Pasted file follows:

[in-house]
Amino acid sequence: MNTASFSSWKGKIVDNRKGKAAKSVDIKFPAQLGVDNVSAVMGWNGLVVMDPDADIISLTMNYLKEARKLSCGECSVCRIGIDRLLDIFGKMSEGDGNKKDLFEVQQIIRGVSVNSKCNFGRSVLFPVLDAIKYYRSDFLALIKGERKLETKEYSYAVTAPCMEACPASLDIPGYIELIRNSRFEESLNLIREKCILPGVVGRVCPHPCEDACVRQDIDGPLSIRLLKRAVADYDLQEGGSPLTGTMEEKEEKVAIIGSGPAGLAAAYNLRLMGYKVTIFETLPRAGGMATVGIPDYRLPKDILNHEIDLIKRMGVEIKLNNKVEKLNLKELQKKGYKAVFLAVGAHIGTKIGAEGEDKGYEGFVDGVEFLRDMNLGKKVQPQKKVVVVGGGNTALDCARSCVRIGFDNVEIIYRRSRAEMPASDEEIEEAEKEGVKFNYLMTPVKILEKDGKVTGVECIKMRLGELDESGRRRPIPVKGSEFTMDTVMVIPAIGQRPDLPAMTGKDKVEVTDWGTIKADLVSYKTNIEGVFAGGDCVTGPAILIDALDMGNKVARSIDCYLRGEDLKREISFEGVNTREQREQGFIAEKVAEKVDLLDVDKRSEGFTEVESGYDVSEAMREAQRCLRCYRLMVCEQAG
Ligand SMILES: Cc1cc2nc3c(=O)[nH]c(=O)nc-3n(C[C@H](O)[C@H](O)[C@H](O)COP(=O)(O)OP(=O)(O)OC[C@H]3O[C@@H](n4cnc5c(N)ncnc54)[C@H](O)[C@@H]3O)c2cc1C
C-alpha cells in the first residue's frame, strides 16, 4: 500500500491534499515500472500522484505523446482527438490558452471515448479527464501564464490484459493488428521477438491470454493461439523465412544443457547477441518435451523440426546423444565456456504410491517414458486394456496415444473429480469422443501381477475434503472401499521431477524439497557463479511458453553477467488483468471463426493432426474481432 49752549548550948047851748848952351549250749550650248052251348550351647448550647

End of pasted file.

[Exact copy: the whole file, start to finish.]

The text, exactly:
[in-house]
Amino acid sequence: MNTASFSSWKGKIVDNRKGKAAKSVDIKFPAQLGVDNVSAVMGWNGLVVMDPDADIISLTMNYLKEARKLSCGECSVCRIGIDRLLDIFGKMSEGDGNKKDLFEVQQIIRGVSVNSKCNFGRSVLFPVLDAIKYYRSDFLALIKGERKLETKEYSYAVTAPCMEACPASLDIPGYIELIRNSRFEESLNLIREKCILPGVVGRVCPHPCEDACVRQDIDGPLSIRLLKRAVADYDLQEGGSPLTGTMEEKEEKVAIIGSGPAGLAAAYNLRLMGYKVTIFETLPRAGGMATVGIPDYRLPKDILNHEIDLIKRMGVEIKLNNKVEKLNLKELQKKGYKAVFLAVGAHIGTKIGAEGEDKGYEGFVDGVEFLRDMNLGKKVQPQKKVVVVGGGNTALDCARSCVRIGFDNVEIIYRRSRAEMPASDEEIEEAEKEGVKFNYLMTPVKILEKDGKVTGVECIKMRLGELDESGRRRPIPVKGSEFTMDTVMVIPAIGQRPDLPAMTGKDKVEVTDWGTIKADLVSYKTNIEGVFAGGDCVTGPAILIDALDMGNKVARSIDCYLRGEDLKREISFEGVNTREQREQGFIAEKVAEKVDLLDVDKRSEGFTEVESGYDVSEAMREAQRCLRCYRLMVCEQAG
Ligand SMILES: Cc1cc2nc3c(=O)[nH]c(=O)nc-3n(C[C@H](O)[C@H](O)[C@H](O)COP(=O)(O)OP(=O)(O)OC[C@H]3O[C@@H](n4cnc5c(N)ncnc54)[C@H](O)[C@@H]3O)c2cc1C
C-alpha cells in the first residue's frame, strides 16, 4: 500500500491534499515500472500522484505523446482527438490558452471515448479527464501564464490484459493488428521477438491470454493461439523465412544443457547477441518435451523440426546423444565456456504410491517414458486394456496415444473429480469422443501381477475434503472401499521431477524439497557463479511458453553477467488483468471463426493432426474481432 49752549548550948047851748848952351549250749550650248052251348550351647448550647